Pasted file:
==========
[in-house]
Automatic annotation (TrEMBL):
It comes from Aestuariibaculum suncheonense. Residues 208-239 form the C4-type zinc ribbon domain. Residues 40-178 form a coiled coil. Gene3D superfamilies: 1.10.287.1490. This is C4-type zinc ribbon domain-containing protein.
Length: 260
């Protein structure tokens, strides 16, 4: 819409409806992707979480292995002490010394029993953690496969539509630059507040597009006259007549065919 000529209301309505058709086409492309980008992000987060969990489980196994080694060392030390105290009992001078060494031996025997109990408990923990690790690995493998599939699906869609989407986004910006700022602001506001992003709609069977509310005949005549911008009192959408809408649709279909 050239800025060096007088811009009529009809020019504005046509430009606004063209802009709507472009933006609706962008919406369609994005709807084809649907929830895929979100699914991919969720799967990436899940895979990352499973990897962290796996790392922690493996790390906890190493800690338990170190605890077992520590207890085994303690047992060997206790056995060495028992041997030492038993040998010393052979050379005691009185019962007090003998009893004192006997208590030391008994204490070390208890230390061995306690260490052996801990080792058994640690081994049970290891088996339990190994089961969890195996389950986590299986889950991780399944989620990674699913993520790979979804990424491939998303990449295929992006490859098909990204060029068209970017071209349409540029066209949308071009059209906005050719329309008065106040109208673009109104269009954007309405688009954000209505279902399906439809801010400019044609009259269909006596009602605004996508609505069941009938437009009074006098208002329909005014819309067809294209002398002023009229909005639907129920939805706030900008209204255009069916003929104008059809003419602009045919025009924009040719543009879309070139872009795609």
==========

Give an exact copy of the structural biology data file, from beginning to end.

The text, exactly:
[in-house]
Automatic annotation (TrEMBL):
It comes from Aestuariibaculum suncheonense. Residues 208-239 form the C4-type zinc ribbon domain. Residues 40-178 form a coiled coil. Gene3D superfamilies: 1.10.287.1490. This is C4-type zinc ribbon domain-containing protein.
Length: 260
């Protein structure tokens, strides 16, 4: 819409409806992707979480292995002490010394029993953690496969539509630059507040597009006259007549065919 000529209301309505058709086409492309980008992000987060969990489980196994080694060392030390105290009992001078060494031996025997109990408990923990690790690995493998599939699906869609989407986004910006700022602001506001992003709609069977509310005949005549911008009192959408809408649709279909 050239800025060096007088811009009529009809020019504005046509430009606004063209802009709507472009933006609706962008919406369609994005709807084809649907929830895929979100699914991919969720799967990436899940895979990352499973990897962290796996790392922690493996790390906890190493800690338990170190605890077992520590207890085994303690047992060997206790056995060495028992041997030492038993040998010393052979050379005691009185019962007090003998009893004192006997208590030391008994204490070390208890230390061995306690260490052996801990080792058994640690081994049970290891088996339990190994089961969890195996389950986590299986889950991780399944989620990674699913993520790979979804990424491939998303990449295929992006490859098909990204060029068209970017071209349409540029066209949308071009059209906005050719329309008065106040109208673009109104269009954007309405688009954000209505279902399906439809801010400019044609009259269909006596009602605004996508609505069941009938437009009074006098208002329909005014819309067809294209002398002023009229909005639907129920939805706030900008209204255009069916003929104008059809003419602009045919025009924009040719543009879309070139872009795609």